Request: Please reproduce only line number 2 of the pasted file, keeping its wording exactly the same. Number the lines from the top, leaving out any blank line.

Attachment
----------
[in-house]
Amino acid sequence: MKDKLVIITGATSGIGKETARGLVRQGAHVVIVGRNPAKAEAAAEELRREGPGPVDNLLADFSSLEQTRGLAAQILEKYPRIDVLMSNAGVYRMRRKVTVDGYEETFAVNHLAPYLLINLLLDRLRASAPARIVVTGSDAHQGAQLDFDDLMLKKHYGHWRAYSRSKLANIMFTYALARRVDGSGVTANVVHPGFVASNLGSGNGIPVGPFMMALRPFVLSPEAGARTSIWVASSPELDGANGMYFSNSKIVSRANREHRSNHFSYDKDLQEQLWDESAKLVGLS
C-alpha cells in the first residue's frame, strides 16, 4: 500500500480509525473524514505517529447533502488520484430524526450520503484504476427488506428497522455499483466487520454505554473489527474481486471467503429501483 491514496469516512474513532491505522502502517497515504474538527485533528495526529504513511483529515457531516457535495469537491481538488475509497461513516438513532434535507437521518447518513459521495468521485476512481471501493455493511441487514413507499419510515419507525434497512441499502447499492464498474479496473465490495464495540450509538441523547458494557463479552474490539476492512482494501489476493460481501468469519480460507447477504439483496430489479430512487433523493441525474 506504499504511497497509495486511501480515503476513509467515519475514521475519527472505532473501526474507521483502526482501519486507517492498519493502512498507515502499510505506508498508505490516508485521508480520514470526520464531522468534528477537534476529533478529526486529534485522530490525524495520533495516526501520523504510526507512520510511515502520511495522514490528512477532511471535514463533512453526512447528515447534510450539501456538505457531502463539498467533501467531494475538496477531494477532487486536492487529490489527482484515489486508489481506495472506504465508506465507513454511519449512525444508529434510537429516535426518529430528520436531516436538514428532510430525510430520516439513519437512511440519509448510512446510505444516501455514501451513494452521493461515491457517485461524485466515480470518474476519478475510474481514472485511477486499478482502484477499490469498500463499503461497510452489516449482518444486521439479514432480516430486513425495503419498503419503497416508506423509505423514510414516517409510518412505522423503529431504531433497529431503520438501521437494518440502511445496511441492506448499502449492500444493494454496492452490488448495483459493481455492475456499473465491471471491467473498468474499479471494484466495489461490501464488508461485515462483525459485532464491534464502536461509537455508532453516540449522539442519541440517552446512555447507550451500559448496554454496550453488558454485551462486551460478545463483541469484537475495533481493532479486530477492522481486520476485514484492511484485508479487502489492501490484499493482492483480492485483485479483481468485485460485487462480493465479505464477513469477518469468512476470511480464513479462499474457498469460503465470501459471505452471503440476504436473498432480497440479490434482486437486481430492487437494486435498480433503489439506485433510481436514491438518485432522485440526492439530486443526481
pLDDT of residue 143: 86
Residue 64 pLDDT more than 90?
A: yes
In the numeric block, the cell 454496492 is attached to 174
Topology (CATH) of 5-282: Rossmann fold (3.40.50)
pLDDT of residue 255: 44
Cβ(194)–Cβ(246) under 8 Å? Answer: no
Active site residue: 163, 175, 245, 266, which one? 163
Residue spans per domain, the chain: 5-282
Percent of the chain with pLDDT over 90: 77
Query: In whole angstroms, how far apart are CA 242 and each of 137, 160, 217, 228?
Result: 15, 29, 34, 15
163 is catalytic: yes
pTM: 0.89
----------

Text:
Amino acid sequence: MKDKLVIITGATSGIGKETARGLVRQGAHVVIVGRNPAKAEAAAEELRREGPGPVDNLLADFSSLEQTRGLAAQILEKYPRIDVLMSNAGVYRMRRKVTVDGYEETFAVNHLAPYLLINLLLDRLRASAPARIVVTGSDAHQGAQLDFDDLMLKKHYGHWRAYSRSKLANIMFTYALARRVDGSGVTANVVHPGFVASNLGSGNGIPVGPFMMALRPFVLSPEAGARTSIWVASSPELDGANGMYFSNSKIVSRANREHRSNHFSYDKDLQEQLWDESAKLVGLS